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2018-4-18

When a pathogen evades or overcomes our innate immune defenses, the adaptive immune system kicks into action. There are two types of adaptive immune responses: cell-mediated immunity mediated by T cells and humoral immunity mediated by antibodies produced by B cells.

Affinity maturation of B cells in the germinal center (GC) is a process of evolution involving mutation of B cell receptors (BCRs) followed by selection through antigens and T cells. Consequently, an important GC function is to make the most effective antibodies possible, thereby providing efficient immune protection.

In GCs, B cells migrate between two zones, the light zone (LZ) and dark zone (DZ). Immune cells such as antigen-presenting follicular dendritic cells and T follicular helper (Tfh) cells reside in the LZ, and it is also here GC B cells expressing newly mutated BCRs capture antigen and internalize it for presentation to T cell. Subsequently, higher-affinity cells are directed to the plasma cell fate, whereas lower-affinity cells enter into the recycling GC cell pool. Plasma cells are fully differentiated B cells that produce a single type of antibody.

While it has been suggested that precursor cells (selected toward recycling GC or plasma
cell fates) become committed already in the GCs, it is unclear how the plasma cell-prone GC cells develop. Clarifying these mechanisms will be valuable in developing effective vaccines to prevent viral infections such as influenza. A team of Osaka University-centered researchers set out to uncover this mystery, and reported its study in the journal, Immunity.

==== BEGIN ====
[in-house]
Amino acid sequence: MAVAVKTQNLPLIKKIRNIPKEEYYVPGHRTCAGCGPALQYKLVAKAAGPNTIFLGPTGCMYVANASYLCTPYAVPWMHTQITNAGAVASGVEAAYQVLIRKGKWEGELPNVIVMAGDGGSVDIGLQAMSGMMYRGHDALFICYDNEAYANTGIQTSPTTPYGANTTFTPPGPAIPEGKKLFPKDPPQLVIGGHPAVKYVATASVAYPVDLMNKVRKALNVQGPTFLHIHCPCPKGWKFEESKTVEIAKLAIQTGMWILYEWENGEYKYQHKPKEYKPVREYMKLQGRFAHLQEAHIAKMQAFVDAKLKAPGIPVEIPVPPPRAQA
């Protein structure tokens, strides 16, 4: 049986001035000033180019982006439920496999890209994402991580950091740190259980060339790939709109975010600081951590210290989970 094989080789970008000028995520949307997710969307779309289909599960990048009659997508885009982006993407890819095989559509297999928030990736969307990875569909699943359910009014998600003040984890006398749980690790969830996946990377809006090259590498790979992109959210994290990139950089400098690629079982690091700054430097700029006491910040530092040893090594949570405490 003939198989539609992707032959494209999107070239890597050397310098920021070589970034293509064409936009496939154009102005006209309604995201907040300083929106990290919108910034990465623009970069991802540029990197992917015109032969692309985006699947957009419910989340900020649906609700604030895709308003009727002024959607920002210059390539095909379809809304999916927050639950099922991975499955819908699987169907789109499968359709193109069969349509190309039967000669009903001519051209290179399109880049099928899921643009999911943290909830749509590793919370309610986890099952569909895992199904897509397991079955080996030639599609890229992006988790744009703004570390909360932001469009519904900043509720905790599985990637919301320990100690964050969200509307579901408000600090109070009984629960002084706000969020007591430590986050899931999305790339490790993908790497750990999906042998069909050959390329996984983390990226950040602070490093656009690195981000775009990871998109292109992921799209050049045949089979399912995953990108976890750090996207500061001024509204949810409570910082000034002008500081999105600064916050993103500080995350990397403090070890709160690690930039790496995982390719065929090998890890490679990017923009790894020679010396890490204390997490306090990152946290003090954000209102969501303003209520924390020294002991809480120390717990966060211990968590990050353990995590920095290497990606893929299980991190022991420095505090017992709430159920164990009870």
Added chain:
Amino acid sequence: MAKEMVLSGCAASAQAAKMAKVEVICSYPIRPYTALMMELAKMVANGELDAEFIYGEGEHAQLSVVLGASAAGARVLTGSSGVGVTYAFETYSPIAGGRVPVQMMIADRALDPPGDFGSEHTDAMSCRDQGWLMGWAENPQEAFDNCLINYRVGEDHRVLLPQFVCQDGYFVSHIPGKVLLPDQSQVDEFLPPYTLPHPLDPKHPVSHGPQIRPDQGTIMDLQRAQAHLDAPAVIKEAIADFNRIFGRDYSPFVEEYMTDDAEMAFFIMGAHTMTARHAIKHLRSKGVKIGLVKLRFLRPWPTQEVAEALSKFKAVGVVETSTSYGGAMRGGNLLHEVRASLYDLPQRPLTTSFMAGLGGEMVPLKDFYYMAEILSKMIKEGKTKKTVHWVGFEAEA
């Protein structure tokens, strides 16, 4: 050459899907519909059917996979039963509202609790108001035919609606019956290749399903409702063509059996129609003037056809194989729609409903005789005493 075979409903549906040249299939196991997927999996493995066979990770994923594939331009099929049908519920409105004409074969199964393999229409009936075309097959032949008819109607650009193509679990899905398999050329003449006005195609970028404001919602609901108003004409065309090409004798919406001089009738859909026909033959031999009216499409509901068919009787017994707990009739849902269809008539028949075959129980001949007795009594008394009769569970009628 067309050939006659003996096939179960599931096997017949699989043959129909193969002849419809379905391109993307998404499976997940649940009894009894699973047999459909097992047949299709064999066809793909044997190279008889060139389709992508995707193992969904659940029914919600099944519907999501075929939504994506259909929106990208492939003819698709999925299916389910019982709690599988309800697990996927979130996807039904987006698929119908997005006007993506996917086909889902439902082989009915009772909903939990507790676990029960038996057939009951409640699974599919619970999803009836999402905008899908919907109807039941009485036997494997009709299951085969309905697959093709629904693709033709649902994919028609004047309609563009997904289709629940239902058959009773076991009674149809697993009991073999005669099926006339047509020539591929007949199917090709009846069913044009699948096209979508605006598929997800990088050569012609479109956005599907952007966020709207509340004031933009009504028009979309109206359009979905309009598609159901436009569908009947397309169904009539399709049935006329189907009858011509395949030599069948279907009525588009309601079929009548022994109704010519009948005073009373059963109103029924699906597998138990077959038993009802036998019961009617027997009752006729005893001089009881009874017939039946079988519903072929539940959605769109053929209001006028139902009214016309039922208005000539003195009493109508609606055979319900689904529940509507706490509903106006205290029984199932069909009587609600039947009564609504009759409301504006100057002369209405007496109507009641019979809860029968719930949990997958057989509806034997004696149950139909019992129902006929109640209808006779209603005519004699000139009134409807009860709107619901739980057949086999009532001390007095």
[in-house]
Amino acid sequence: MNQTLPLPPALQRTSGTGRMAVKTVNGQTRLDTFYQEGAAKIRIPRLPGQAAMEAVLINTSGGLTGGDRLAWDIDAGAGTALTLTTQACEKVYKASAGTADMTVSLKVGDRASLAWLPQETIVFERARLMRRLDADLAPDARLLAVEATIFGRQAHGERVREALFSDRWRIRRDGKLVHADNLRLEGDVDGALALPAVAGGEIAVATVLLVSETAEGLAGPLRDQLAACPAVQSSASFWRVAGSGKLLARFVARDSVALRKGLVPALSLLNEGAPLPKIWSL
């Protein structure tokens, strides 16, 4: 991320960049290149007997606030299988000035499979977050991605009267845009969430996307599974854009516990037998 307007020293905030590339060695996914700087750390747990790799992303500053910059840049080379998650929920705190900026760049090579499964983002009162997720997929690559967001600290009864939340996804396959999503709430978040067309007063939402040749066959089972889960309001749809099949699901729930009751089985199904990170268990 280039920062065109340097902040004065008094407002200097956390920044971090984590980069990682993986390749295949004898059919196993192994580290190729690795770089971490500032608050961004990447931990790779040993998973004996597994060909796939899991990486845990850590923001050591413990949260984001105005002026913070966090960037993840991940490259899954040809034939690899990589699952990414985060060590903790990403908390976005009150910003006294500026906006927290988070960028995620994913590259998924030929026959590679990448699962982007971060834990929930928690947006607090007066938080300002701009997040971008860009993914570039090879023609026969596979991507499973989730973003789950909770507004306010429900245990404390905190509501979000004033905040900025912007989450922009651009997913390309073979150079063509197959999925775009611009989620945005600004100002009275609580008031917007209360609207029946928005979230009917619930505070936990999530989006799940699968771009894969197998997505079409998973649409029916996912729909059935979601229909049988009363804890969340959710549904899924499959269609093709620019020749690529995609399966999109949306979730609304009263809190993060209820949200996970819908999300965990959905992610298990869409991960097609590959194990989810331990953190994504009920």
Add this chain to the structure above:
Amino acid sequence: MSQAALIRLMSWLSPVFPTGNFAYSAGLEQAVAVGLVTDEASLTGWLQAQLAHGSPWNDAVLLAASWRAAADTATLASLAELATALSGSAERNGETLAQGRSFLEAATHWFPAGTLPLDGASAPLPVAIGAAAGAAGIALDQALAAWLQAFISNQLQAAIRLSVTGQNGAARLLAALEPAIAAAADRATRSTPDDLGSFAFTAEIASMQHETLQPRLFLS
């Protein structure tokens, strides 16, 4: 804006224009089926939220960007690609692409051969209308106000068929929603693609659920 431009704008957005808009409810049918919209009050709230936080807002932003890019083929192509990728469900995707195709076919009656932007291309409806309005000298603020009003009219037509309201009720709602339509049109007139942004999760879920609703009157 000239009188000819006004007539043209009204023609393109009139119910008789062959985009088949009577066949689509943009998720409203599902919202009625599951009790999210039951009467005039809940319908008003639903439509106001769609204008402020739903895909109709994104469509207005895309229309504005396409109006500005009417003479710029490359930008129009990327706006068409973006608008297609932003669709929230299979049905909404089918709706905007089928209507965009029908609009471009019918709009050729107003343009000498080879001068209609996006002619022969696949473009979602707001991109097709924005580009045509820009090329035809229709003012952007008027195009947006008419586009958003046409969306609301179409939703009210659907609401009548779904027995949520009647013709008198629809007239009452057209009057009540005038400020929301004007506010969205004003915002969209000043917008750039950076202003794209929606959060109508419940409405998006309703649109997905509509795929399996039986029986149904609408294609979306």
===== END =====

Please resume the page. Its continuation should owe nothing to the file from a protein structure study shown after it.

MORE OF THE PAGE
“In a mouse model, we were able to identify a small population of LZ GC B cells (Bcl6loCD69hi) with higher BCR affinity than other identified GC subpopulations. These Bcl6loCD69hi cells were preferentially committed to the plasma cell fate rather than to recycling in the GC,” study first author Wataru Ise explains. “We also found that CD40 acted as a dose-dependent regulator of Bcl6loCD69hi cell formation.”

The researchers also noted the expression of the proteins ICAM-1 and SLAM in Bcl6loCD69hi cells was higher than in Bcl6hiCD69hi cells, therefore affording more stable Tfh-GC B cell contacts. The results support the model whereby commitment to the plasma cell begins in the GC and suggest that stability of Tfh-GC B cell contacts is key for plasma cell-prone GC cell formation.

“Our data not only provided important information for vaccines development, but also open up new doors for further study,” study corresponding author Tomohiro Kurosaki says. “The two important questions to address are: why Bcl6loCD69hi cells with higher c-Myc expression manifested less proliferation activity than Bcl6hiCD69hi cells, and why the Bcl6loCD69hi plasma cell-prone GC cells barely express Blimp-1, given the previous evidence that IL-21-mediated Stat3, together with IRF4, activates Blimp-1.”

Fig. 1. Graphical Abstract
Authors identified the plasma cell-prone LZ GC B cells whose generation relies on the amount of D40 signal. Higher expression of ICAM-1 and SLAM in those cells facilitates more stable contacts with Tfh cells, suggesting that strength of Tfh-GC B cell interaction critically regulates formation of plasma cell precursors. (credit: Osaka University)

Fig. 2. CD40 expression level of germinal center (GC)-B cells and plasma cell differentiation
CD40 +/- germinal center B cells with decreased CD40 expression normally survived (L), while the differentiation capacity to plasma cells was reduced to half level (R). (credit: Osaka University)

Fig. 3. Binding efficiency between germinal center B cells and Tfh cells
An OVA-peptide dose-dependent increase in Tfh-GC B cell conjugates was observed, and these conjugates were most efficiently formed by Bcl6loCD69hi cells.  (credit: Osaka University)

To learn more about this research, please view the full research report entitled "T follicular helper cell-germinal center B cell interaction strength regulates entry into plasma cell or recycling GC cell fate" at this page of Immunity.


Related links

Laboratory of Lymphocyte Differentiation, Immunology Frontier Research Center, Osaka University

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